73 countries, five diseases, one amazing vaccine

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How the 5-in-1 pentavalent vaccine is now protecting children in all of the world's poorest countries

GAVI/Riccardo Gangale

The five-in-one vaccine – known as pentavalent – protects against 5 diseases: diphtheria, tetanus, pertussis (whooping cough), hepatitis B and a major cause of meningitis and pneumonia, haemophilus influenzae type B. It was the first vaccine supported by GAVI for use in the world’s 73 poorest countries. In 14 years, the vaccine has made it to every one of these countries, but its real work is still just beginning.

GAVI/Mike Pflanz

South Sudan: Two days after the pentavalent vaccine was introduced in her country in July 2014, Jackline Juan cradles her daughter Keji Francis after the baby's first dose. As the 73rd and last GAVI eligible country to introduce the vaccine, South Sudan marked an important milestone in the mission to protect children from these preventable illnesses. 

GAVI/Evelyn Hockstein

Kenya: Back in 2001, one of South Sudan’s East African neighbours - Kenya - was the first country to introduce the pentavalent vaccine with GAVI support. 13 years later the country is still providing the vaccine for its children, as well as other, newer vaccines like those protecting against major causes of pneumonia and severe diarrhoea. 

GAVI/Adrian Brooks

Nigeria: Africa’s most populous country launched the vaccine in 2012, completing its national introduction ahead of schedule in December 2013. This has involved on-going work with partners including GAVI to improve the cold chain, making sure vaccines are kept cool and safe while on their way to children across the country. 

GAVI/ Atul Loke

Counting up & down: 2013 was a good year for the five-in-one vaccine. By the end of December 1.4 billion doses of GAVI supported pentavalent had been shipped since 2001, with 160 million in 2013 alone. The cost of immunising millions of children was also significantly reduced, as an Indian manufacturer agreed a deal to supply the vaccine for 30% less than the previous lowest price.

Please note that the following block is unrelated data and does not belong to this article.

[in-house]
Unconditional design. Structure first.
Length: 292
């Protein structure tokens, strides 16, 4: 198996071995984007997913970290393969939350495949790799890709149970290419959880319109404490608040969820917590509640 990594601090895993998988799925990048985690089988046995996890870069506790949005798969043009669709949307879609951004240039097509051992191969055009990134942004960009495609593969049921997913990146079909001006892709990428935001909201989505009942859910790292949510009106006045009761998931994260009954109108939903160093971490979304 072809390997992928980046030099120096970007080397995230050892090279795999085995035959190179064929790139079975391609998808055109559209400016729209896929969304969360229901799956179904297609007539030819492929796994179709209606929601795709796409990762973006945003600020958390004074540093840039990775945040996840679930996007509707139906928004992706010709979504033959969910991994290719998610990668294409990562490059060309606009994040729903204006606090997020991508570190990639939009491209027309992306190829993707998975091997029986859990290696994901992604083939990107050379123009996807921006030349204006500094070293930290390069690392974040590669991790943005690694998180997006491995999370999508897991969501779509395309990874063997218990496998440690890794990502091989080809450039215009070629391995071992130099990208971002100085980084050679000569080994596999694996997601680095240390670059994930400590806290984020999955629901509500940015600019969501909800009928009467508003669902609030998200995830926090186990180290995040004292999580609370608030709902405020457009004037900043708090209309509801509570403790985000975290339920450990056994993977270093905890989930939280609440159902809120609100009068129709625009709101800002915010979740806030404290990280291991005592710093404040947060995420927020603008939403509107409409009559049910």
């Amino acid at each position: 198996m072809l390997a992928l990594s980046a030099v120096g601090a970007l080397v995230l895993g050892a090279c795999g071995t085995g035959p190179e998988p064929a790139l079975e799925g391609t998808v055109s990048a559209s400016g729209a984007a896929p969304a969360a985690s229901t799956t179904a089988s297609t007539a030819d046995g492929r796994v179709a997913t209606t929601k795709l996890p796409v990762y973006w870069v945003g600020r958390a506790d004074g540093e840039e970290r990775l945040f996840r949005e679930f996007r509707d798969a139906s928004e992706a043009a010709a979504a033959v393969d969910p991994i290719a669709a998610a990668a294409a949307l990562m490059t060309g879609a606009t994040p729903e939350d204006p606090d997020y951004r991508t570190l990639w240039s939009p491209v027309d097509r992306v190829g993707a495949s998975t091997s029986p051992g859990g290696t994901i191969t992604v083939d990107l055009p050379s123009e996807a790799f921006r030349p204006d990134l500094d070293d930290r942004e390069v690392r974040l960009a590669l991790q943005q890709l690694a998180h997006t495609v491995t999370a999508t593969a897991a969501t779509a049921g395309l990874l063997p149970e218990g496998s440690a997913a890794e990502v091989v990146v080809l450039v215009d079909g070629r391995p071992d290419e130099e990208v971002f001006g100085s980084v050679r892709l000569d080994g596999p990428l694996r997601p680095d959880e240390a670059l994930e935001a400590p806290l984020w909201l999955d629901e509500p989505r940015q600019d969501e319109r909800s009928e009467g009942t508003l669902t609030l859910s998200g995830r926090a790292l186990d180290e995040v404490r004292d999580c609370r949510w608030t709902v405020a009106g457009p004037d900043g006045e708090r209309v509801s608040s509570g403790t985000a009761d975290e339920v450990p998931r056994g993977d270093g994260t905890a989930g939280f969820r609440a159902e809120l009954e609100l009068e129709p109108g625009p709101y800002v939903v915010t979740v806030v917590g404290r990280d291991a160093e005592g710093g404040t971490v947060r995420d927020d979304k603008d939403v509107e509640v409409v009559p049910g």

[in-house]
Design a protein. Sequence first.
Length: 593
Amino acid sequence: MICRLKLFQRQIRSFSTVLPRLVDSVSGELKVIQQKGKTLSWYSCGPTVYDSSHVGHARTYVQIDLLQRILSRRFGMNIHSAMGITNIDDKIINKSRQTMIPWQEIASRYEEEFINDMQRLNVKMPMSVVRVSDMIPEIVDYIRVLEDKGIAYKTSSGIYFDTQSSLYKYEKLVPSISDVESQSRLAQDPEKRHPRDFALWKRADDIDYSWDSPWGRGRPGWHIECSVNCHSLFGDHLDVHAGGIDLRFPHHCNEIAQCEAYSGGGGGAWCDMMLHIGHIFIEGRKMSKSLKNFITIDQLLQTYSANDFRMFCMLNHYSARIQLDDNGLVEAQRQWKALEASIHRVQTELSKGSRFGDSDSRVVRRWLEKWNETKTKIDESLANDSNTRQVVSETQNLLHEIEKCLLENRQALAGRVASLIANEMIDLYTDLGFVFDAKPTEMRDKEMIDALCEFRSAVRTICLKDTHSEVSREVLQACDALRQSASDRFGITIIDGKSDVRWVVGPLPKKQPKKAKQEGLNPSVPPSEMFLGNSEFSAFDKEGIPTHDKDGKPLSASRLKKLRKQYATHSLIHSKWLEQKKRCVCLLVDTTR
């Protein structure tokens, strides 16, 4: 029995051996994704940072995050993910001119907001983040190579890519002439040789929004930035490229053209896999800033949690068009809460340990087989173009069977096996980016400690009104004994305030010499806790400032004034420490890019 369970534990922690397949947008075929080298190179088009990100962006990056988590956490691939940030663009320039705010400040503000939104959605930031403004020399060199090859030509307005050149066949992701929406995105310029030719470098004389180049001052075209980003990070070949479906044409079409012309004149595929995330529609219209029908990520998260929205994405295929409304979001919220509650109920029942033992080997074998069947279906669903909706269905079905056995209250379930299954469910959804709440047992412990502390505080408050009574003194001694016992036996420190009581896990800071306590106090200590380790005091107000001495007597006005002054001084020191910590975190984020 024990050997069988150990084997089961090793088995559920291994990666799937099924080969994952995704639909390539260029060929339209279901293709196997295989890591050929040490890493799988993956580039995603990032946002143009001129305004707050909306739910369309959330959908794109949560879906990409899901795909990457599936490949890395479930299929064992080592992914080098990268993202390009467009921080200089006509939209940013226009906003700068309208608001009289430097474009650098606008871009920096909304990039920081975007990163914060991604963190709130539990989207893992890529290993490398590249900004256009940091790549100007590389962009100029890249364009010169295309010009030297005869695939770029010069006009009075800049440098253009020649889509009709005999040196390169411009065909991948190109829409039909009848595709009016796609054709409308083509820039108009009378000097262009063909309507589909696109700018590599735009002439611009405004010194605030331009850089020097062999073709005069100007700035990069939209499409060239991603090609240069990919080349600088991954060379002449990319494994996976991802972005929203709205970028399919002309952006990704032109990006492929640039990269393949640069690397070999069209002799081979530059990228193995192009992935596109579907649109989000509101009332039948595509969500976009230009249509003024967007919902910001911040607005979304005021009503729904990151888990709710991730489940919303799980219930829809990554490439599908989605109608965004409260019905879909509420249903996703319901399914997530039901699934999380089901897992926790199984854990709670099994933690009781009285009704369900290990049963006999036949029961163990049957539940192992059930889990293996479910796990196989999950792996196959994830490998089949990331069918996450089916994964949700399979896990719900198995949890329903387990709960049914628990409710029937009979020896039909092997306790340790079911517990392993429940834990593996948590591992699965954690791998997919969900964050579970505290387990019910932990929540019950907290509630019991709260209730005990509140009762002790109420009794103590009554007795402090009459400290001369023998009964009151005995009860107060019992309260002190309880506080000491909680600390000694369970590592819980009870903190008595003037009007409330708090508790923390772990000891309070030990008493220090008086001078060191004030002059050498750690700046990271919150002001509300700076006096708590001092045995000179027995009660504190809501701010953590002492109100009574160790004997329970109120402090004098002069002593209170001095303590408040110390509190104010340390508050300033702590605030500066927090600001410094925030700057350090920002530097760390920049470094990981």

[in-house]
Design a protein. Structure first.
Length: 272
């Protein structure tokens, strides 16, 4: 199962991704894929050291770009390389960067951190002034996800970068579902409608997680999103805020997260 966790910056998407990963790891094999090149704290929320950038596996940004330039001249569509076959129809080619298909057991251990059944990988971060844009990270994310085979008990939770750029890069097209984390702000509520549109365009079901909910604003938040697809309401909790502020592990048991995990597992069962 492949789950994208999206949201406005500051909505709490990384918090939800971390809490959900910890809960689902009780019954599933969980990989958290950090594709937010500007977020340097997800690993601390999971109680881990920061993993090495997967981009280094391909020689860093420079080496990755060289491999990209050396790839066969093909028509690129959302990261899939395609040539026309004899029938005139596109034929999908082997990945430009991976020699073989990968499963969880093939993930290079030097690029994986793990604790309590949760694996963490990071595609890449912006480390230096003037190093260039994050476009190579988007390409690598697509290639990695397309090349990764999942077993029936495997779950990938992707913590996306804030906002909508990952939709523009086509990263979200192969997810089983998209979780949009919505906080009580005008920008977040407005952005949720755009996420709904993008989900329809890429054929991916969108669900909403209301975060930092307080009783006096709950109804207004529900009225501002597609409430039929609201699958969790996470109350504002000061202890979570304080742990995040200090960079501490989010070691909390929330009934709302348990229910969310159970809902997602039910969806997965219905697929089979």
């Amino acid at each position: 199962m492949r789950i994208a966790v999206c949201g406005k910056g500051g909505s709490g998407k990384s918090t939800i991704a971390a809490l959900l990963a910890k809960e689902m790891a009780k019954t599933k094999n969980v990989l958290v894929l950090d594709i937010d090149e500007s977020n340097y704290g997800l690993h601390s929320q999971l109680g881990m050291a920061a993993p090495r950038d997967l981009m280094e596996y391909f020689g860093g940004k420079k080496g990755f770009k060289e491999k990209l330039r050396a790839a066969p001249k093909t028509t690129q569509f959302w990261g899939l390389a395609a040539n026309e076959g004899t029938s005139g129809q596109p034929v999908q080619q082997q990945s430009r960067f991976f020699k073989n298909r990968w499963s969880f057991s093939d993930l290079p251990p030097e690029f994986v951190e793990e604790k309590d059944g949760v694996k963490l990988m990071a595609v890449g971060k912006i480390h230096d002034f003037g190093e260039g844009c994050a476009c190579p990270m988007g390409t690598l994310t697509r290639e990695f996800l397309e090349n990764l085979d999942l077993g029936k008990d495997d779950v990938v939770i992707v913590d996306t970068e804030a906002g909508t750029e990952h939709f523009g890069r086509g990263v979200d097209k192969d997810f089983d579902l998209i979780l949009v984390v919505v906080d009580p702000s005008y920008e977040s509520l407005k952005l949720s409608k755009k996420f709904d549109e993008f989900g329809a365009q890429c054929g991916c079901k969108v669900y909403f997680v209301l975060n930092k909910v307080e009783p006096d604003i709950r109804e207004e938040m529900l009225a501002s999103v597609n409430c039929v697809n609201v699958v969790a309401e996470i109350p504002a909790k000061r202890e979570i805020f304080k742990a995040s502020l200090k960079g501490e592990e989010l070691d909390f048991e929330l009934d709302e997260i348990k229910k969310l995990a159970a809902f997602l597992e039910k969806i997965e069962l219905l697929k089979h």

GAVI/Romana Manpreet

India: More doses (and determination) than ever will be required in the future to help vaccinate India’s vast population. After the introduction of the five-in-one pentavalent vaccine in eight states from 2011 to 2013, GAVI is working to help deliver the vaccine to the remaining 27 states in 2014 and 2015, targeting a birth cohort of 27 million children.  

GAVI/Chris Stowers

Indonesia: The number of people is not the only challenge. Indonesia has a complex geography – vaccines must travel across more than 900 inhabited islands, 3 time zones and 34 provinces to reach every child. Despite this, after launching in summer 2013, the Indonesian government is aiming to have introduced the five-in-one vaccine nationally in two years instead of the usual four.  

GAVI/ Olivier Asselin

This vaccine’s journey does not end here, however. Despite introductions in all GAVI-supported countries, many children still go without the five-in-one vaccine – only 53% of them were covered by pentavalent in 2013. Our work has to continue if we are to get this life-saving intervention, and others, to all children around the world. 

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